In conclusion, it is my pleasant duty to acknowledge the unstinted help rendered by my near and dear ones. Of them, my wife, ungrudgingly shouldering the responsibilities of the day-to-day household work, provided the opportunity to devote all my energy to my intellectual pursuits. She helped me with intelligent suggestions. My two daughters, Dr. Chanda Chakrabarti and Sarmilä Chatterji, were at my beck and call for all kinds of work relating to the procurement of books and the supplying of the articles for day-to-day use. In this connexion, my sons-in-law, Dr. Dipak Chakrabarty and Dr. Tushar Chattopadhyay, deserve grateful mention.


Before assessing Indian influence abroad, we should have an idea of Indian culture and society through the ages. It is not possible to deal elaborately, in a work like this, with the multifaceted Indian civilisation spanning a period of roughly five thousand years. All that we can do is to touch briefly upon the different aspects.


Archaeological explorations have revealed the ruins of an ancient Indian civilisation mainly at Mohenjo-daro in Larkana district of Sind in Pakistan, and at Harappa in south west Punjab (Pakistan). The highlights of this urban civilisation, believed to be about 5,000 years old, are as follows. It is supposed to have existed nearly 3,000 years before Christ.
The entire area is divided into several sections by roads. Each section comprises several big brick-built mansions each of which contains small rooms. On the highway, below the mansions are shops. There are courtyards in some houses. Occasionally two-storied buildings also are seen.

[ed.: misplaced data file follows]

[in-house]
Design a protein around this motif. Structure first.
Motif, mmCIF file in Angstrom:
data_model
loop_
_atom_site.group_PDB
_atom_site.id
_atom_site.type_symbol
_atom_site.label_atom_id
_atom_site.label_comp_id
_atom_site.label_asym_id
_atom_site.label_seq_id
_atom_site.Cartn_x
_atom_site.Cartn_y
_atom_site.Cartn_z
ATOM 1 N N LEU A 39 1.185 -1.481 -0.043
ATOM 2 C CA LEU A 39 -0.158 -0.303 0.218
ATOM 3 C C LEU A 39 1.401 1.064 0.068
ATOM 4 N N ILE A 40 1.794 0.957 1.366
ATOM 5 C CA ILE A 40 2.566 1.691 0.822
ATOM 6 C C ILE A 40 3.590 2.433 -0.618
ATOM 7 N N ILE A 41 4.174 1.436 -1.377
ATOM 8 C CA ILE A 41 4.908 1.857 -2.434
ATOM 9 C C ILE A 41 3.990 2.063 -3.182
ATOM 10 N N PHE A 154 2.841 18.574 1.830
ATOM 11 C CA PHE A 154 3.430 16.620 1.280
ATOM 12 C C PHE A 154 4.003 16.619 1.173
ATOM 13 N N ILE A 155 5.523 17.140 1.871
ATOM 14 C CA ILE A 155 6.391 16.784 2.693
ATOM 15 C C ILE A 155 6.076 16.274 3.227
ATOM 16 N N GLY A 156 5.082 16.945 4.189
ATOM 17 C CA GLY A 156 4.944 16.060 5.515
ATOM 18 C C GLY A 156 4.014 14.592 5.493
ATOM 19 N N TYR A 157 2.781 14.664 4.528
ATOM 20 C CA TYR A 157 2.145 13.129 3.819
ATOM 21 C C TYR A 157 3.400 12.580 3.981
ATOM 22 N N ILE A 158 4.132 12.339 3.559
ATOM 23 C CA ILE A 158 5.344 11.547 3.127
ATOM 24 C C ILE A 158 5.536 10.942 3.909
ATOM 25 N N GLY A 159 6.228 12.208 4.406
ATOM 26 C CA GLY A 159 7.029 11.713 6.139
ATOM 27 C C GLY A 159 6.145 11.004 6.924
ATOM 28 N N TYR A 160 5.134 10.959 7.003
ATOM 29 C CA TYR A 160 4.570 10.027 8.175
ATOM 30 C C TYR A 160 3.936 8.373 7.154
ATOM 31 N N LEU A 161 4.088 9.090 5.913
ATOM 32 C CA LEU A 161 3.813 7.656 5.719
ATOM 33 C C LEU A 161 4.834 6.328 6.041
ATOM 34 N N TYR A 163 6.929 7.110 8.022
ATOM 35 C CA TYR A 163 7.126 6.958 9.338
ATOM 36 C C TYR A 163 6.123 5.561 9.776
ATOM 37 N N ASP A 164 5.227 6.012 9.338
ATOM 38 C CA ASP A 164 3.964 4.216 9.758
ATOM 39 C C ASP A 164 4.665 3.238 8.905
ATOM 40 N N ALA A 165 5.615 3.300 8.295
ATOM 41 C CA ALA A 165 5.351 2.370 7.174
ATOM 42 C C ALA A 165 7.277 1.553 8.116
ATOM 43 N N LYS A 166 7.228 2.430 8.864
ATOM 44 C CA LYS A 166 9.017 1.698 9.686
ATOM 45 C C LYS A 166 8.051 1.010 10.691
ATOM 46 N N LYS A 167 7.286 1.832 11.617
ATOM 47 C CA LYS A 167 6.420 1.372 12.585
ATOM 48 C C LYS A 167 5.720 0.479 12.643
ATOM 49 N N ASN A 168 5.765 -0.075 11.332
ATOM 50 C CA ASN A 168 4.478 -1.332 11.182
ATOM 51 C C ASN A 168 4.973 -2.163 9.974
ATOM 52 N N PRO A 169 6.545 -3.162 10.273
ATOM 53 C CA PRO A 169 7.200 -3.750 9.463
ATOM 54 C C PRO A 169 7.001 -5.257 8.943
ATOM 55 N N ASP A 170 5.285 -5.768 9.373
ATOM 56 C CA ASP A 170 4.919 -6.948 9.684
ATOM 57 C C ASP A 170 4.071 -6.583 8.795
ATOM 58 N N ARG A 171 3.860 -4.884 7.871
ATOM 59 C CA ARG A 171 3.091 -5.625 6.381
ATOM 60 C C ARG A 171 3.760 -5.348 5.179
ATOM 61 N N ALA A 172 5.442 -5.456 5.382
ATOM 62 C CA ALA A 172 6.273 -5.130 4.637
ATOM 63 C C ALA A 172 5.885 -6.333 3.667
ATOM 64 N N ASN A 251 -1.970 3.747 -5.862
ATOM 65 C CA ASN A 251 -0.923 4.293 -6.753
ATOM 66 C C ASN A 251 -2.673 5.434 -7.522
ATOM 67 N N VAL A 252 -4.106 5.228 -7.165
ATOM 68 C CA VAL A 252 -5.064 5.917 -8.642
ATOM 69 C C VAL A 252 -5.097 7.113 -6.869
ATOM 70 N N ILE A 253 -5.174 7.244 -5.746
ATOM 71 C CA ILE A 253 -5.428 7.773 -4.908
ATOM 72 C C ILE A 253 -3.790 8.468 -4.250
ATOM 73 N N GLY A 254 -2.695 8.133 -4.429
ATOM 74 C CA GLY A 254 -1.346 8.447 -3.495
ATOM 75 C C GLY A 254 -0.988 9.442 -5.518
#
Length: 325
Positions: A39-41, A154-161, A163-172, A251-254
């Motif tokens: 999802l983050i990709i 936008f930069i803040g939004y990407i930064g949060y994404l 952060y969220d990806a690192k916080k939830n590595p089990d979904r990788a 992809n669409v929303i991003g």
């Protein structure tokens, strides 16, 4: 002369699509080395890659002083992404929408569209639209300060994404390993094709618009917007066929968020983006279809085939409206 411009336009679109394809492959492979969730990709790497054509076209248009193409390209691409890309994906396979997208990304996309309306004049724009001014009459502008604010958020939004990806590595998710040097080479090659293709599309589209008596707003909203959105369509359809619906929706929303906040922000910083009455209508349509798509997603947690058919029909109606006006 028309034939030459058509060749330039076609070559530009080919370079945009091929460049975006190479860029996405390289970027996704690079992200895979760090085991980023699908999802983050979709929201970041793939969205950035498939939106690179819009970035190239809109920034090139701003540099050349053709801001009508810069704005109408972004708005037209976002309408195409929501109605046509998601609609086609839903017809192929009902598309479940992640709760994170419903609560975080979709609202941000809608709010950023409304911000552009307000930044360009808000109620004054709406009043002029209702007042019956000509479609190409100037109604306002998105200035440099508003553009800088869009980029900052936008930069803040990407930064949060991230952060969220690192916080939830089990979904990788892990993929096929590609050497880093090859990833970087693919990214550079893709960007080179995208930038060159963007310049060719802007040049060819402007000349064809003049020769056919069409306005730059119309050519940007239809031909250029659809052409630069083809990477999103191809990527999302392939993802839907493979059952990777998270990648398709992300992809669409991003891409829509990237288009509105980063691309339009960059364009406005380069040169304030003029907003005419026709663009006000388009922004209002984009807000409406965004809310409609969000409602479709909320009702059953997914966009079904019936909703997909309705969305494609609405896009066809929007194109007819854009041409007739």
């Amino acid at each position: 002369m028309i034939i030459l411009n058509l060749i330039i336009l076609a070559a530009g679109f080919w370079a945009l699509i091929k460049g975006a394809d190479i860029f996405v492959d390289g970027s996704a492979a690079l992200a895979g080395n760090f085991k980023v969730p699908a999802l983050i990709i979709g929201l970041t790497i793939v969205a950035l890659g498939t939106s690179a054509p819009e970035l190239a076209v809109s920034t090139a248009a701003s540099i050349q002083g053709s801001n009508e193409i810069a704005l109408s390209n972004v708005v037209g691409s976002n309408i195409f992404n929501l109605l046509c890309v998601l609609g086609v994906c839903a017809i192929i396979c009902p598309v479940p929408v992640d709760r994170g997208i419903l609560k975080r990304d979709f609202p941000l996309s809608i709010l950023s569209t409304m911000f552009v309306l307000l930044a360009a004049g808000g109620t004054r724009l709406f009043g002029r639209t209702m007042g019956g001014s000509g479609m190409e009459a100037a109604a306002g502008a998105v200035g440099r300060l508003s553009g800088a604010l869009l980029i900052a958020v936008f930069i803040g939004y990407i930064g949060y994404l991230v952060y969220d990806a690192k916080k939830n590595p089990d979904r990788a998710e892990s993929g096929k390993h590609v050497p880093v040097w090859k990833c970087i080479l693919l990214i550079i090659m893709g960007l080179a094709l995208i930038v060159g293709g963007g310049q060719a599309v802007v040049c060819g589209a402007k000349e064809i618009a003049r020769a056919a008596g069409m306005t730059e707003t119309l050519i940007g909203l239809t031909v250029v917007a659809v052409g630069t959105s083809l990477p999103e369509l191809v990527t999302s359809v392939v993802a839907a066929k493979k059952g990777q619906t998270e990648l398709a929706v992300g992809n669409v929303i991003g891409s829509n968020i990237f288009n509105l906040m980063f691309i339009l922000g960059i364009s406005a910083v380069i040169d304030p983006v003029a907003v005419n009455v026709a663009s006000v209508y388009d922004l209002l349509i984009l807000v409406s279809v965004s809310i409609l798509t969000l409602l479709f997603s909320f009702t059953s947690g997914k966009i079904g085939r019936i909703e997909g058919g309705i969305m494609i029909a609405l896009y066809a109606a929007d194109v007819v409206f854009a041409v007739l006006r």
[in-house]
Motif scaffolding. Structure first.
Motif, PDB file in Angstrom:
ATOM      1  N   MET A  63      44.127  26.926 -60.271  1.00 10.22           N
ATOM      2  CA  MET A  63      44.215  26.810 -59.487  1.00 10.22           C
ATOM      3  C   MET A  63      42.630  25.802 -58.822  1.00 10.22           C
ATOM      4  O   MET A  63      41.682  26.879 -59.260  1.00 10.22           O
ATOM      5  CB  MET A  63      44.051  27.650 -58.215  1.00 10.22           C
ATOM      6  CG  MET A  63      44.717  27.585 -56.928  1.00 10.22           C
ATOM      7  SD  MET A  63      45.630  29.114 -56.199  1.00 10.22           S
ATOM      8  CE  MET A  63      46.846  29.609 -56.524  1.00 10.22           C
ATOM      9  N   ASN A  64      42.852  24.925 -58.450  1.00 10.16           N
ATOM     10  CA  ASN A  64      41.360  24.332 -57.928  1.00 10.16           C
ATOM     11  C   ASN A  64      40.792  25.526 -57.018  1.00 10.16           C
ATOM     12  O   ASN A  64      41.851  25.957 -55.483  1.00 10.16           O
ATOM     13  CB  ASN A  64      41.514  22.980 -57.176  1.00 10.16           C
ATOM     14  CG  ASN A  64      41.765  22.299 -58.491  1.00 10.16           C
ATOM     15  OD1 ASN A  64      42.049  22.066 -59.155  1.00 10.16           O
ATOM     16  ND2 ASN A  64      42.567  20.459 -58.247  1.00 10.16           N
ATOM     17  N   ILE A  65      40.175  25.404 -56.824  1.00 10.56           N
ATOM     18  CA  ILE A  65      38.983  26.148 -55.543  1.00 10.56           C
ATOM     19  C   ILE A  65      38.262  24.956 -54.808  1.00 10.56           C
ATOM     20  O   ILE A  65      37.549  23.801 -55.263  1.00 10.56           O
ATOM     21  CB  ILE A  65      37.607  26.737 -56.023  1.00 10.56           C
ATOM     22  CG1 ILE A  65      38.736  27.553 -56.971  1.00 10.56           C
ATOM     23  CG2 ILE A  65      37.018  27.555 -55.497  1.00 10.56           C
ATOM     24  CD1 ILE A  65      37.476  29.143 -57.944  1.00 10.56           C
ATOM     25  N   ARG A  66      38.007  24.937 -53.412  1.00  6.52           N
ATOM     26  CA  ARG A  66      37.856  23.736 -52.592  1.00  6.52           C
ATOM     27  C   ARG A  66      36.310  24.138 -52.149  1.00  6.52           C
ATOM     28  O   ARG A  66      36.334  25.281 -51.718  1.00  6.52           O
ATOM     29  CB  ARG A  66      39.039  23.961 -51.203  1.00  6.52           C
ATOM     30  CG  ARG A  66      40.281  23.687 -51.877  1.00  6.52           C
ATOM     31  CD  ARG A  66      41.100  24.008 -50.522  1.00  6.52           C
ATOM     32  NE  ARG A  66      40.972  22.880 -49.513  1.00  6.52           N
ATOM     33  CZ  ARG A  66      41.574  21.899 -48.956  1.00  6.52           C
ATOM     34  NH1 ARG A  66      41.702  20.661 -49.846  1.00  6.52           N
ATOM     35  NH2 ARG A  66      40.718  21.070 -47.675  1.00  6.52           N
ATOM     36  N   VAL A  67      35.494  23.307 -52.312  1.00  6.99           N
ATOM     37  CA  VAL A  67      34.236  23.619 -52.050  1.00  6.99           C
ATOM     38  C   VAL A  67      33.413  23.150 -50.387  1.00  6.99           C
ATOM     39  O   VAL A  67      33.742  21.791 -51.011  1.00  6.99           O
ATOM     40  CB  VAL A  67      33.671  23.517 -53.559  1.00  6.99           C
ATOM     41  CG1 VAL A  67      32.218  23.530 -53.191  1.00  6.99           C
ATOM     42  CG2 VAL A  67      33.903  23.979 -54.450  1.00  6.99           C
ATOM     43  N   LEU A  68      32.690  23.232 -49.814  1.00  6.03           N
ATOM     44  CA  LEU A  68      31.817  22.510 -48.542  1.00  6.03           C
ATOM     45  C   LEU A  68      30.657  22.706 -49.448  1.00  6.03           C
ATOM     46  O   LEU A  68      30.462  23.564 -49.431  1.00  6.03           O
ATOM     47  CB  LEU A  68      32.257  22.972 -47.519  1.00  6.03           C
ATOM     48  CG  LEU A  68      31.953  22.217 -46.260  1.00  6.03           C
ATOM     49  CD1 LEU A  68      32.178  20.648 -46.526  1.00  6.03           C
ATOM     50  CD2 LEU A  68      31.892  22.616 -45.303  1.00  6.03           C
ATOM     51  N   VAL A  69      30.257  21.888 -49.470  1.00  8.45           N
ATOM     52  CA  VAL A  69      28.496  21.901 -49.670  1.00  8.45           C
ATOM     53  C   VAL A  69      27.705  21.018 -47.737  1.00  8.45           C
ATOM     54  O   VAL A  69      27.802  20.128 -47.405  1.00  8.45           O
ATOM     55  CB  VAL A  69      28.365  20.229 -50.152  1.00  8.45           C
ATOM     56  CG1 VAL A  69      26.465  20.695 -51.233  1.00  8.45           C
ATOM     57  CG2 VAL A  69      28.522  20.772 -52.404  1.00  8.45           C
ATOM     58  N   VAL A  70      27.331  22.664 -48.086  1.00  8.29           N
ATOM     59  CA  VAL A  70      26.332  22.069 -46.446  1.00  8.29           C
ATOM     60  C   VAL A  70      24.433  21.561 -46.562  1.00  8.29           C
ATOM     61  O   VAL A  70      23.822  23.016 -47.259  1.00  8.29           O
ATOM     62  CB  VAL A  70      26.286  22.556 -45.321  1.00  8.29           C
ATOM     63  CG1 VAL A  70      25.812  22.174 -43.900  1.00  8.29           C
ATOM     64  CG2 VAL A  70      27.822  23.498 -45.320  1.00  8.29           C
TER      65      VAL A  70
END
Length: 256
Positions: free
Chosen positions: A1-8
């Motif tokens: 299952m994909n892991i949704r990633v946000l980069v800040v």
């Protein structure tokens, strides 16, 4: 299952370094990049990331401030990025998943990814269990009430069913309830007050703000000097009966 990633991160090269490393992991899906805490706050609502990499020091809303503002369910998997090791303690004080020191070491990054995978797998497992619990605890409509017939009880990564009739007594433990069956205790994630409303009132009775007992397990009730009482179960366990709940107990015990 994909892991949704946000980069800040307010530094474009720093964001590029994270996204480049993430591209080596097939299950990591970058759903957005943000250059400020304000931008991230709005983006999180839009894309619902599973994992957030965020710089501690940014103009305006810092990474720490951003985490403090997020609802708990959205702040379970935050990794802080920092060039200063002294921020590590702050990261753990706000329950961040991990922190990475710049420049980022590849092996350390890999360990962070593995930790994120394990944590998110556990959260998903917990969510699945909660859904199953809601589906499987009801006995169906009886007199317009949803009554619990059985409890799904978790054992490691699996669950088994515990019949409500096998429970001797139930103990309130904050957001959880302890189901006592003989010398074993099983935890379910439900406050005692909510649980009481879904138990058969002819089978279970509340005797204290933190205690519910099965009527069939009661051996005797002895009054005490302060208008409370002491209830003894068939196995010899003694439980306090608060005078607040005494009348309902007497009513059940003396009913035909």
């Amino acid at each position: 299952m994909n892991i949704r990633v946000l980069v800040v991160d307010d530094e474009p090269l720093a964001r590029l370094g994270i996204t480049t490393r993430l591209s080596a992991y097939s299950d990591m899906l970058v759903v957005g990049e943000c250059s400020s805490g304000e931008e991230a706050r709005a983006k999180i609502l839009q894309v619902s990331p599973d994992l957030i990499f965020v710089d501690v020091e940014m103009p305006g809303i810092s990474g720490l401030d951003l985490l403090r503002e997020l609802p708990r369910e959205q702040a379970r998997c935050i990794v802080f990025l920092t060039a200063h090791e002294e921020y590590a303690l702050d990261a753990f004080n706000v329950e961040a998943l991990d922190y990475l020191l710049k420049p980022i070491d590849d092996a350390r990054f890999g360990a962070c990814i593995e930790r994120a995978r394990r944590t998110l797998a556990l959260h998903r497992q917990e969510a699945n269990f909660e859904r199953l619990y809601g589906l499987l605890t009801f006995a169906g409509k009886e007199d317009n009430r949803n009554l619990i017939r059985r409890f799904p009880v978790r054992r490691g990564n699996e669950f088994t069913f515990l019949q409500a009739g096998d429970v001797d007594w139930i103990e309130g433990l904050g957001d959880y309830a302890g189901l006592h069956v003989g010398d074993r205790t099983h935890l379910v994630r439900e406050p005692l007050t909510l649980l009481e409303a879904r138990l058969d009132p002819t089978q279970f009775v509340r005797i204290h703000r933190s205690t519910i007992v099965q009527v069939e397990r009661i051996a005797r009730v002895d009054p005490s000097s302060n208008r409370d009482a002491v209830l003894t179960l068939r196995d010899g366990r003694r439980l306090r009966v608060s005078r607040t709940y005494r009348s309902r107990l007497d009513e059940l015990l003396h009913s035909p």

The public bath, 180' x108', enclosed by a wall 7-8 ft. thick, contains a swimming pool 39 x 23' and 8' in depth, which is surrounded by a row of polished bricks plastered with bitumen one inch thick.
The granary at Mohenjo-daro is 150' x 75' and 25' high (the one in Harappa is smaller). The fort, meant for defence, is close to the granary and bath.
An examination of the skeletons and skulls reveals that the area was inhabited by the people of the following races-Caucasian, Mediterranean, Alpain and Mongolian. It is, however, not known who the architects of this civilisation were. Some scholars think, not on positive evidence, that some foreigners, who came by sea-route, built up this civilisation. Others are of the opinion that it was indigenous, and was ruined by the onslaught of the Aryans.
Among the foodstuffs of the people were barley, wheat, sesame, peas, oilseeds, etc. and the meat of the sheep, boar, fowl and tortoise, etc., sea-snails and dried fish.
Their garments consisted in cloths and shawls made of cotton. The articles for household work were utensils made of copper, bronze, stone and clay. Among the implements for daily use were knife, stone-axe, ploughshare, ornament-box; colour-containers also appear to have been used. Weights and measures indicating different quantities and soft-stone. seals inscribed with letters tend to hint at the practice of reading and writing. The Indus Valley script has not yet been deciphered. It has, however, been surmised that writings have to be read from the right to the left.
Ornaments appear to have been made of gold, silver, conch-shell, precious stones, bones and ivory. Mirror, razor, fishing hook, needle, etc. were made of copper and bronze. Earthen dolls, marbles, etc. were playthings for children and dice-men (like those for playing chess), etc. were for adults. Specimens of sculpture are seen in the bronze figure of a female dancer and stone image of a Yogin.